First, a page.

the world's most visited architecture website
  1. ArchDaily
  2. Projects
  3. Cemetery
  4. Italy
  5. Andrea Dragoni
  6. 2011
  7. Extension of Gubbio Cemetery / Andrea Dragoni + Francesco Pes

Refurbishment in Architecture

presented by the MINI Clubman

Extension of Gubbio Cemetery / Andrea Dragoni + Francesco Pes

  • 01:00 - 27 December, 2013
Extension of Gubbio Cemetery / Andrea Dragoni + Francesco Pes
Extension of Gubbio Cemetery / Andrea Dragoni + Francesco Pes , © Alessandra Chemollo_ORCH
© Alessandra Chemollo_ORCH

© Alessandra Chemollo_ORCH © Alessandra Chemollo_ORCH © Alessandra Chemollo_ORCH © Alessandra Chemollo_ORCH + 30

  • Architects

    Andrea Dragoni, Francesco Pes
  • Location

    06024 Gubbio Perugia, Italy
  • Collaborators:

    Andrea Moscetti Castellani, Giorgio Bettelli, Michela Donini, Raul Cambiotti, Antonio Ragnacci, Cristian Cretaro, Matteo Scoccia
  • Area

    1800.0 sqm
  • Project Year

  • Photographs

  • Structural Design

    Giuseppe Artegiani, Marco Bacchi
  • Artists

    Sauro Cardinali, Nicola Renzi
  • Plans Desing

    Italprogetti (Moreno Dorillo, Elvisio Regni)
  • Safety coordination

    Claudio Pannacci
  • Director of Works

    Francesco Pes, Paolo Bottegoni
  • Model

    Giuseppe Fioroni
  • Client

    Comune di Gubbio
  • More Specs Less Specs
© Alessandra Chemollo_ORCH
© Alessandra Chemollo_ORCH

© Massimo Marini
© Massimo Marini

The enlargement of the Gubbio cemetery is the result of studies of a new model of public building. On the one hand, it has developed the latest phase of growth of the monumental cemetery in Gubbio, one of Italy’s most important medieval cities. On the other hand, it intends to redefine its meaning and centrality within the structure of the city.

Site Plan
Site Plan

The plan is in an urban structure consisting of linear stereometric blocks arranged in such a way as to reflect the rural layouts that characterize the surrounding landscape and the historic city.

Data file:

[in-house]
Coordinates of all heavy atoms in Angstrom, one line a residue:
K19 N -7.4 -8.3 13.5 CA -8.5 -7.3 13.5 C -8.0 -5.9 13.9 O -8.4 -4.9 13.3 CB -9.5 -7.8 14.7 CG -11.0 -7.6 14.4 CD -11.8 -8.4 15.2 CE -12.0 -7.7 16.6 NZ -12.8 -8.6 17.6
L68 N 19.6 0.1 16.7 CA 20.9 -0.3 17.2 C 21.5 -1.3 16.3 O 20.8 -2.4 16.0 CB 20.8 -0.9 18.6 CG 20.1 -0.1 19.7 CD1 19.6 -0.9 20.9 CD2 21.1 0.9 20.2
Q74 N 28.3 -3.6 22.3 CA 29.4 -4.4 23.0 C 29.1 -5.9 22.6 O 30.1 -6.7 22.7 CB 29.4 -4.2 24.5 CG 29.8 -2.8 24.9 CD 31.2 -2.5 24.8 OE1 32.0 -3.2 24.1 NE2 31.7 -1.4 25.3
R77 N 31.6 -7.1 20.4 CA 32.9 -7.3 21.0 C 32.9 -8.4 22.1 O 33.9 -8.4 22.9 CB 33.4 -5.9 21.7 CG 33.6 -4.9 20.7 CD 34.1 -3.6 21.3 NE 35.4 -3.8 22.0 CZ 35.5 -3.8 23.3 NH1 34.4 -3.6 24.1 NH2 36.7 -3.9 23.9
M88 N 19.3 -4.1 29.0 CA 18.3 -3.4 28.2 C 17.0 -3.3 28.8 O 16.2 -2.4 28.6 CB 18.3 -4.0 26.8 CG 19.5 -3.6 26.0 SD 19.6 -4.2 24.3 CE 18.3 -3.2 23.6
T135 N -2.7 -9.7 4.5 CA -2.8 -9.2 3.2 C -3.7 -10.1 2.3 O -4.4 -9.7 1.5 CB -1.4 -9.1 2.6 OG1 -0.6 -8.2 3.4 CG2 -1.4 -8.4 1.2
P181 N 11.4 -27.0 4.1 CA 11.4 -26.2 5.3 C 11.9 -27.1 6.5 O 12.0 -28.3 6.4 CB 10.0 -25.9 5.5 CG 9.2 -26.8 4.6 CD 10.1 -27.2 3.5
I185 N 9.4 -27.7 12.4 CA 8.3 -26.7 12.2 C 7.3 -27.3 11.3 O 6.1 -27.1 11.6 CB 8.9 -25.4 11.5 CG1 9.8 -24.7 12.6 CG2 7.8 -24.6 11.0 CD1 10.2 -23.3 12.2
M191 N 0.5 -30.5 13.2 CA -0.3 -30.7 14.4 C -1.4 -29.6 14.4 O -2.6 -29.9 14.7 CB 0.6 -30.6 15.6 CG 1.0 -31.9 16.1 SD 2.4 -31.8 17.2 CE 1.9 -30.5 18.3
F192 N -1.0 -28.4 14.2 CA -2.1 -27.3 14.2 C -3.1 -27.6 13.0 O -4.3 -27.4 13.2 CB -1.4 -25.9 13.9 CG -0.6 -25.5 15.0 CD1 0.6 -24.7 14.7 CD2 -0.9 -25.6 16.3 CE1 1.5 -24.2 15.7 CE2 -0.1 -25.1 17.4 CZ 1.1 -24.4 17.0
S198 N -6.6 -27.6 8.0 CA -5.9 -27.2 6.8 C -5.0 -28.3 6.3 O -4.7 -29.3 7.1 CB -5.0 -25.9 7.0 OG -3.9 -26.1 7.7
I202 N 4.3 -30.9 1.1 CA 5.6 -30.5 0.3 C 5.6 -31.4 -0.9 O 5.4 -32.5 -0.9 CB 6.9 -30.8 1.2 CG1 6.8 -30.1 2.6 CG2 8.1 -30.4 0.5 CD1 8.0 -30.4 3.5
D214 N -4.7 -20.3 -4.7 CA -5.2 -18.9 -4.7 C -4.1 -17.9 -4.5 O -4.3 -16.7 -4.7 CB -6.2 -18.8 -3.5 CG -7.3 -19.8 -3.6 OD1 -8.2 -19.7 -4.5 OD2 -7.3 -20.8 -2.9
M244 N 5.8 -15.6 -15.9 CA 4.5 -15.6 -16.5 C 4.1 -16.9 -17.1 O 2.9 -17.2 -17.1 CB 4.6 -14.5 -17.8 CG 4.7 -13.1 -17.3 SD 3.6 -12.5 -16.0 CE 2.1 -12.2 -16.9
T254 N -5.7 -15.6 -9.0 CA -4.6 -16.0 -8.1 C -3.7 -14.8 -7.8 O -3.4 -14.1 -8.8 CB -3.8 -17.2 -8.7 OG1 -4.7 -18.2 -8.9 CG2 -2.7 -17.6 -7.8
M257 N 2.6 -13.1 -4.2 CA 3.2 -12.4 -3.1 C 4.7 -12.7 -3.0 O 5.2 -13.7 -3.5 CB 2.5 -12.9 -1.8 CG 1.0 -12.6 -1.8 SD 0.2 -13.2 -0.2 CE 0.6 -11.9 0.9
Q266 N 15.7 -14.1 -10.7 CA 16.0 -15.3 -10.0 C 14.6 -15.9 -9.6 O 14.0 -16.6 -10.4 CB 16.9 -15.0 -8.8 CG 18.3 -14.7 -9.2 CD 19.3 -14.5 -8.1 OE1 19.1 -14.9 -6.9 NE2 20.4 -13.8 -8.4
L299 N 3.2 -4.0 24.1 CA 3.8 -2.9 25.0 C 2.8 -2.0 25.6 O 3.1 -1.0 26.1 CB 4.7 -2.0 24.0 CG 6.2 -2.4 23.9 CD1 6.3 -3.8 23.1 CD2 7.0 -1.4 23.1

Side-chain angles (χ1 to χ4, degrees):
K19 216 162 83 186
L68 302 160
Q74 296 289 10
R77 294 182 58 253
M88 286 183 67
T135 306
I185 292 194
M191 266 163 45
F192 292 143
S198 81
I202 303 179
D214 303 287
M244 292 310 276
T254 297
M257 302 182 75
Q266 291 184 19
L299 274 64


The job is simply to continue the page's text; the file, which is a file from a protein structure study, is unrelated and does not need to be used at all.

© Alessandra Chemollo_ORCH
© Alessandra Chemollo_ORCH

This concept of urban settlement is emphasized by the inclusion of large square enclosures designed to be open spaces that provide the structure with spatial rhythm.

Section FF
Section FF

These spaces were inspired by James Turrell’s Skyspaces and are designed to be enjoyable public areas, independently from the cemetery, offering an opportunity to pause and reflect. These are cubic“squares of silence” having open ceilings that evoke windows open to the sky.

© Alessandra Chemollo_ORCH
© Alessandra Chemollo_ORCH

The sky thus framed opens the mind to the reign of the invisible, allowing sight and thought to abandon Mother Earth’s gravity and acquire a more aerial and spiritual dimension.

Section EE
Section EE

This relationship with the sky intends to define space that is also time, in such a way that you can find yourself again, a space that thrusts the horizon upwards like a metaphor of the boundaries of heaven, the last horizon of our life in a modern city. At the same time, opening to the sky, it re-interprets Leon Battista Alberti’s window, a window that is like a threshold, imagined by the great Renaissance architect as the only architectural artifice able to “instil the peacefulness” evoked by the celestial void that, descending from above, takes us back to the imperturbable state  of the soul without which overcoming the adversities of life is impossible.

© Alessandra Chemollo_ORCH
© Alessandra Chemollo_ORCH

The atmosphere of these “Squares of silence” is made more suggestive by a series of permanent site-specific artistic installations that capture the changing effects of light and shadow from dawn to dusk.  These installations were created by two important Italian artists (Sauro Cardinali and Nicola Renzi), with whom collaboration began during the initial stage of the project.

© Alessandra Chemollo_ORCH
© Alessandra Chemollo_ORCH

This contribution, strongly linked with architecture, helps to define a new space for silence and meditation within the city.

© Alessandra Chemollo_ORCH
© Alessandra Chemollo_ORCH

William Richard Lethaby said that human beings cannot understand the world as a whole. They must first move away from it, and only after having achieved this detachment can they achieve understanding.

In this sense a building can be seen as a model of the world; it represents an order we cannot directly experience in the world, but at the same time it makes perceptible, within the limits of a building, that which exists in the world.

View the complete gallery

Location to be used only as a reference. It could indicate city/country but not exact address.
About this office
Cite: "Extension of Gubbio Cemetery / Andrea Dragoni + Francesco Pes " 27 Dec 2013. ArchDaily. Accessed . <> ISSN 0719-8884
Read comments
Read comments

You've started following your first account!

Did you know?

You'll now receive updates based on what you follow! Personalize your stream and start following your favorite authors, offices and users.